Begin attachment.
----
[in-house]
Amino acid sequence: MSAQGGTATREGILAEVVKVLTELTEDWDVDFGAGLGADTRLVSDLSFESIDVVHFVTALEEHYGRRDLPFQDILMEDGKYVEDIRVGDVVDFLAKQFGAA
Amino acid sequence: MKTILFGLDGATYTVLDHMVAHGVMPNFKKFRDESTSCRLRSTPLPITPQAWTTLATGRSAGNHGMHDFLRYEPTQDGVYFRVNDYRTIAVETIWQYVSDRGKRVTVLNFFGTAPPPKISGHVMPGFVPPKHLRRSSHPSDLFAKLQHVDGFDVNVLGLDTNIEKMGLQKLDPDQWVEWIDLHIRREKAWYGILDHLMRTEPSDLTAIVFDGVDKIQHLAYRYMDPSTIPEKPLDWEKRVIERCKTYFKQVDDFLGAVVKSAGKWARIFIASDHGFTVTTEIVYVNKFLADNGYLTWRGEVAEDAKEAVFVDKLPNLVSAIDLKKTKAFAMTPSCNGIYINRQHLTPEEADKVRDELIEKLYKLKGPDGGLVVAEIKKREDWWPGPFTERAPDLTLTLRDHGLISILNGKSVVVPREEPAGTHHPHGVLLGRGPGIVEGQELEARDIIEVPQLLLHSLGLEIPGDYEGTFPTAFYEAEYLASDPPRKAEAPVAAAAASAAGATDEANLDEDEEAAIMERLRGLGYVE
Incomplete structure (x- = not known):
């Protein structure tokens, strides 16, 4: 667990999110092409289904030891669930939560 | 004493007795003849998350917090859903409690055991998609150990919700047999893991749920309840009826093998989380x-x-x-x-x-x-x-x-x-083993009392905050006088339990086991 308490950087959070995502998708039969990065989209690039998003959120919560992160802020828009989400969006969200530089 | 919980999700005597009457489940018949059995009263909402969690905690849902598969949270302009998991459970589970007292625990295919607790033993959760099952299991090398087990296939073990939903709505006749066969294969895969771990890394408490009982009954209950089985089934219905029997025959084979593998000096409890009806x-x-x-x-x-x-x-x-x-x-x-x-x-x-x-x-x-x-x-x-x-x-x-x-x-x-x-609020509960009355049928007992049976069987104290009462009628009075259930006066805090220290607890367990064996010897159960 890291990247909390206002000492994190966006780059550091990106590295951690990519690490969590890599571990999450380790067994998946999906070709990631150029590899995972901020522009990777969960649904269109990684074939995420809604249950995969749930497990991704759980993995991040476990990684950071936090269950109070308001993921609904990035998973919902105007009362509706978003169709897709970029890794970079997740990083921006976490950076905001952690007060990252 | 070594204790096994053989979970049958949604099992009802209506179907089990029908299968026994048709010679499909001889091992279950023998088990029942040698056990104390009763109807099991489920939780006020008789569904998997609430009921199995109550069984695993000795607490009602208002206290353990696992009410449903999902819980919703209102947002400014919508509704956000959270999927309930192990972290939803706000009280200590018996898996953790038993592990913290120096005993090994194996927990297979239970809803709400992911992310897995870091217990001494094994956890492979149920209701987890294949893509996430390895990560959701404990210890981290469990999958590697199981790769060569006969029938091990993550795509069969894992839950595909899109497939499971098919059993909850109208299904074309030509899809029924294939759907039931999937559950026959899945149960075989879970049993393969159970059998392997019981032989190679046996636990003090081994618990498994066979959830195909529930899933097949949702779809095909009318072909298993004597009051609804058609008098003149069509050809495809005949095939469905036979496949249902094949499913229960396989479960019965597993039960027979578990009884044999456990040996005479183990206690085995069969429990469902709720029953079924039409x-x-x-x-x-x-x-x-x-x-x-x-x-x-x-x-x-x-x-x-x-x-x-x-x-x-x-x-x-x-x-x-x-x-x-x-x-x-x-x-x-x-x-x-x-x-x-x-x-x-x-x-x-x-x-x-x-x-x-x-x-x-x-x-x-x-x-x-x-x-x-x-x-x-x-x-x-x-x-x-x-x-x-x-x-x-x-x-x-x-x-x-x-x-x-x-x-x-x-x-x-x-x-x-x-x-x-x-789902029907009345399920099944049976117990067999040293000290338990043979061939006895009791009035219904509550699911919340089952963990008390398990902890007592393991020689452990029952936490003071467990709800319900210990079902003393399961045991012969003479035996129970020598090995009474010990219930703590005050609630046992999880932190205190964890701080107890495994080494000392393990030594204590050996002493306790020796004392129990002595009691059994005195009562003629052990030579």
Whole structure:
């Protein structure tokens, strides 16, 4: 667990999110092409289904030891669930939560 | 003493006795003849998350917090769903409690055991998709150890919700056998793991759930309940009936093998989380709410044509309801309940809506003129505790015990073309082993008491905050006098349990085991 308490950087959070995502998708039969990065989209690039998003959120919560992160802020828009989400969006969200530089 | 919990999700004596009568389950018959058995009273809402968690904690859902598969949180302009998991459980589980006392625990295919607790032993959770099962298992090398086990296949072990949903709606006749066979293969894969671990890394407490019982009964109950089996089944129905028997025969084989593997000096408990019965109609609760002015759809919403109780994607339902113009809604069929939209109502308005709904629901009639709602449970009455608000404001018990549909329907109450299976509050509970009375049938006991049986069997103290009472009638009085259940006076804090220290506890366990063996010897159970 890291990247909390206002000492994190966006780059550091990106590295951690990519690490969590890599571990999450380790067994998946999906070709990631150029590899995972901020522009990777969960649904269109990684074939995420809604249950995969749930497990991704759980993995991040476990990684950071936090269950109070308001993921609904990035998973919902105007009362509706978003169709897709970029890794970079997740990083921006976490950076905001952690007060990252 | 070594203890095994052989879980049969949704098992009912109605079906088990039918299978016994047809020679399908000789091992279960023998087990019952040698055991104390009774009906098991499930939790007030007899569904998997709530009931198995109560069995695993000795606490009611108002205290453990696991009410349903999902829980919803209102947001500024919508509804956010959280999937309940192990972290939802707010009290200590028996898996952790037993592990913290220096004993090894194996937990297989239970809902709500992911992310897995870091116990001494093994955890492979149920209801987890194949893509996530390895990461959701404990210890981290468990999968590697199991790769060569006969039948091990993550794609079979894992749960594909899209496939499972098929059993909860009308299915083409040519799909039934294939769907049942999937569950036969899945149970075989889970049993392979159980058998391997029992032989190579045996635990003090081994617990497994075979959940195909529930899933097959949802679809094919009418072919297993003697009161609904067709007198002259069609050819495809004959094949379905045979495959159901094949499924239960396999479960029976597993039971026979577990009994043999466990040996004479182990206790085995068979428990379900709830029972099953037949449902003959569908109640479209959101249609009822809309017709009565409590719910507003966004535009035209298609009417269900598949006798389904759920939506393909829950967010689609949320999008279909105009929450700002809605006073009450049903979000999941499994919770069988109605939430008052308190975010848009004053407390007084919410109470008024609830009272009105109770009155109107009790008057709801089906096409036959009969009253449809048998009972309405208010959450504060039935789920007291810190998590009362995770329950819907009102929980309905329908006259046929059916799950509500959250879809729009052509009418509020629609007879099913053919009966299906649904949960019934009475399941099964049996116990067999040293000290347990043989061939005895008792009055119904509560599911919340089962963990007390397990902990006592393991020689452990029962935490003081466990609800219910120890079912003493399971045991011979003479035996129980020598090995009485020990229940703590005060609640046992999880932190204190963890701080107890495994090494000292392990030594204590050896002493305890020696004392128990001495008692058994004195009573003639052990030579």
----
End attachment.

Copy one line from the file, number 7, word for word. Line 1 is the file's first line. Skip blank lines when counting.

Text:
């Protein structure tokens, strides 16, 4: 667990999110092409289904030891669930939560 | 003493006795003849998350917090769903409690055991998709150890919700056998793991759930309940009936093998989380709410044509309801309940809506003129505790015990073309082993008491905050006098349990085991 308490950087959070995502998708039969990065989209690039998003959120919560992160802020828009989400969006969200530089 | 919990999700004596009568389950018959058995009273809402968690904690859902598969949180302009998991459980589980006392625990295919607790032993959770099962298992090398086990296949072990949903709606006749066979293969894969671990890394407490019982009964109950089996089944129905028997025969084989593997000096408990019965109609609760002015759809919403109780994607339902113009809604069929939209109502308005709904629901009639709602449970009455608000404001018990549909329907109450299976509050509970009375049938006991049986069997103290009472009638009085259940006076804090220290506890366990063996010897159970 890291990247909390206002000492994190966006780059550091990106590295951690990519690490969590890599571990999450380790067994998946999906070709990631150029590899995972901020522009990777969960649904269109990684074939995420809604249950995969749930497990991704759980993995991040476990990684950071936090269950109070308001993921609904990035998973919902105007009362509706978003169709897709970029890794970079997740990083921006976490950076905001952690007060990252 | 070594203890095994052989879980049969949704098992009912109605079906088990039918299978016994047809020679399908000789091992279960023998087990019952040698055991104390009774009906098991499930939790007030007899569904998997709530009931198995109560069995695993000795606490009611108002205290453990696991009410349903999902829980919803209102947001500024919508509804956010959280999937309940192990972290939802707010009290200590028996898996952790037993592990913290220096004993090894194996937990297989239970809902709500992911992310897995870091116990001494093994955890492979149920209801987890194949893509996530390895990461959701404990210890981290468990999968590697199991790769060569006969039948091990993550794609079979894992749960594909899209496939499972098929059993909860009308299915083409040519799909039934294939769907049942999937569950036969899945149970075989889970049993392979159980058998391997029992032989190579045996635990003090081994617990497994075979959940195909529930899933097959949802679809094919009418072919297993003697009161609904067709007198002259069609050819495809004959094949379905045979495959159901094949499924239960396999479960029976597993039971026979577990009994043999466990040996004479182990206790085995068979428990379900709830029972099953037949449902003959569908109640479209959101249609009822809309017709009565409590719910507003966004535009035209298609009417269900598949006798389904759920939506393909829950967010689609949320999008279909105009929450700002809605006073009450049903979000999941499994919770069988109605939430008052308190975010848009004053407390007084919410109470008024609830009272009105109770009155109107009790008057709801089906096409036959009969009253449809048998009972309405208010959450504060039935789920007291810190998590009362995770329950819907009102929980309905329908006259046929059916799950509500959250879809729009052509009418509020629609007879099913053919009966299906649904949960019934009475399941099964049996116990067999040293000290347990043989061939005895008792009055119904509560599911919340089962963990007390397990902990006592393991020689452990029962935490003081466990609800219910120890079912003493399971045991011979003479035996129980020598090995009485020990229940703590005060609640046992999880932190204190963890701080107890495994090494000292392990030594204590050896002493305890020696004392128990001495008692058994004195009573003639052990030579």